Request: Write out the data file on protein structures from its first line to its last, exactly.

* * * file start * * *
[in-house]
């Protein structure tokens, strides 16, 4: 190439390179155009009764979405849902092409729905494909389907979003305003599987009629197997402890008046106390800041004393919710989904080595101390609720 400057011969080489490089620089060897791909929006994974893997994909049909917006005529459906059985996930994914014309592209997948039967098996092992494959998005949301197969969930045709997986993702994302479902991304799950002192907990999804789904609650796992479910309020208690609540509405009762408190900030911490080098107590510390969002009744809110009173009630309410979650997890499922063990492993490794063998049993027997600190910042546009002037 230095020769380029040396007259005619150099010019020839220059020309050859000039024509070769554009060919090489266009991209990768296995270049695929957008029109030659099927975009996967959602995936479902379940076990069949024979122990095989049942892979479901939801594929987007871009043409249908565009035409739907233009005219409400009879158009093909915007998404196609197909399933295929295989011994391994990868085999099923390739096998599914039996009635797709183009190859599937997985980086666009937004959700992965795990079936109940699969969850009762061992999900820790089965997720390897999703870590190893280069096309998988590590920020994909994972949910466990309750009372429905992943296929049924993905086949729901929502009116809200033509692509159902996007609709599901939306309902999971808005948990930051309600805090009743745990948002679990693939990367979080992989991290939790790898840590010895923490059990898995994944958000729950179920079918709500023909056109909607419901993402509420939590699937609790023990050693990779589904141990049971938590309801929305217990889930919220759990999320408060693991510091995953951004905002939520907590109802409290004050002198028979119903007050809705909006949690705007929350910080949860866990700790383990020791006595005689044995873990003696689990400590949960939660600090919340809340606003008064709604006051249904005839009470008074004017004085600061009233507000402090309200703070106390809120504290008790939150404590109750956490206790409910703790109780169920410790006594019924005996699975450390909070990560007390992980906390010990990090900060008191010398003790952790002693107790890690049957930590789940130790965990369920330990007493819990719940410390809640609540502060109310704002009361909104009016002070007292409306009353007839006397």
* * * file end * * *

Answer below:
[in-house]
């Protein structure tokens, strides 16, 4: 190439390179155009009764979405849902092409729905494909389907979003305003599987009629197997402890008046106390800041004393919710989904080595101390609720 400057011969080489490089620089060897791909929006994974893997994909049909917006005529459906059985996930994914014309592209997948039967098996092992494959998005949301197969969930045709997986993702994302479902991304799950002192907990999804789904609650796992479910309020208690609540509405009762408190900030911490080098107590510390969002009744809110009173009630309410979650997890499922063990492993490794063998049993027997600190910042546009002037 230095020769380029040396007259005619150099010019020839220059020309050859000039024509070769554009060919090489266009991209990768296995270049695929957008029109030659099927975009996967959602995936479902379940076990069949024979122990095989049942892979479901939801594929987007871009043409249908565009035409739907233009005219409400009879158009093909915007998404196609197909399933295929295989011994391994990868085999099923390739096998599914039996009635797709183009190859599937997985980086666009937004959700992965795990079936109940699969969850009762061992999900820790089965997720390897999703870590190893280069096309998988590590920020994909994972949910466990309750009372429905992943296929049924993905086949729901929502009116809200033509692509159902996007609709599901939306309902999971808005948990930051309600805090009743745990948002679990693939990367979080992989991290939790790898840590010895923490059990898995994944958000729950179920079918709500023909056109909607419901993402509420939590699937609790023990050693990779589904141990049971938590309801929305217990889930919220759990999320408060693991510091995953951004905002939520907590109802409290004050002198028979119903007050809705909006949690705007929350910080949860866990700790383990020791006595005689044995873990003696689990400590949960939660600090919340809340606003008064709604006051249904005839009470008074004017004085600061009233507000402090309200703070106390809120504290008790939150404590109750956490206790409910703790109780169920410790006594019924005996699975450390909070990560007390992980906390010990990090900060008191010398003790952790002693107790890690049957930590789940130790965990369920330990007493819990719940410390809640609540502060109310704002009361909104009016002070007292409306009353007839006397």